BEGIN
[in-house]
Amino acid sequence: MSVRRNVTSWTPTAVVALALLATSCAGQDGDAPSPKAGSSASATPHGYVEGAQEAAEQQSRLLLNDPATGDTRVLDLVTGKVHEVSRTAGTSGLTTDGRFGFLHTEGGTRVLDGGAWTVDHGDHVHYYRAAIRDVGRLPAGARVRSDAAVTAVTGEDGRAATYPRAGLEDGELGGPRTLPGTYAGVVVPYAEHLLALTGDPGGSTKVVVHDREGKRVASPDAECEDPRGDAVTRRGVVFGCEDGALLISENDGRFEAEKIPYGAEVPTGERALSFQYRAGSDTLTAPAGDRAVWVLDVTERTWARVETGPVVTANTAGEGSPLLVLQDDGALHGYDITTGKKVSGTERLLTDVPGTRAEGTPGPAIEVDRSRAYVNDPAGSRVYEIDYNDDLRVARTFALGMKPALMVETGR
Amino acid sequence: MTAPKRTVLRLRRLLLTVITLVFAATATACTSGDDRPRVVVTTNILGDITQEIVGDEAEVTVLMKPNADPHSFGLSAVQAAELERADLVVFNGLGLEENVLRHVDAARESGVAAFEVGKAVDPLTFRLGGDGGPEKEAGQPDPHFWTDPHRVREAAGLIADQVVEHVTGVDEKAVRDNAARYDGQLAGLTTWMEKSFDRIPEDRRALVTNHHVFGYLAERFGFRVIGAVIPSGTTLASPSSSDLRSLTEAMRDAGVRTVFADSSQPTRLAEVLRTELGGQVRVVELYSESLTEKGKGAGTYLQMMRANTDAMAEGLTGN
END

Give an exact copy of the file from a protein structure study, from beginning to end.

[in-house]
Amino acid sequence: MSVRRNVTSWTPTAVVALALLATSCAGQDGDAPSPKAGSSASATPHGYVEGAQEAAEQQSRLLLNDPATGDTRVLDLVTGKVHEVSRTAGTSGLTTDGRFGFLHTEGGTRVLDGGAWTVDHGDHVHYYRAAIRDVGRLPAGARVRSDAAVTAVTGEDGRAATYPRAGLEDGELGGPRTLPGTYAGVVVPYAEHLLALTGDPGGSTKVVVHDREGKRVASPDAECEDPRGDAVTRRGVVFGCEDGALLISENDGRFEAEKIPYGAEVPTGERALSFQYRAGSDTLTAPAGDRAVWVLDVTERTWARVETGPVVTANTAGEGSPLLVLQDDGALHGYDITTGKKVSGTERLLTDVPGTRAEGTPGPAIEVDRSRAYVNDPAGSRVYEIDYNDDLRVARTFALGMKPALMVETGR
Amino acid sequence: MTAPKRTVLRLRRLLLTVITLVFAATATACTSGDDRPRVVVTTNILGDITQEIVGDEAEVTVLMKPNADPHSFGLSAVQAAELERADLVVFNGLGLEENVLRHVDAARESGVAAFEVGKAVDPLTFRLGGDGGPEKEAGQPDPHFWTDPHRVREAAGLIADQVVEHVTGVDEKAVRDNAARYDGQLAGLTTWMEKSFDRIPEDRRALVTNHHVFGYLAERFGFRVIGAVIPSGTTLASPSSSDLRSLTEAMRDAGVRTVFADSSQPTRLAEVLRTELGGQVRVVELYSESLTEKGKGAGTYLQMMRANTDAMAEGLTGN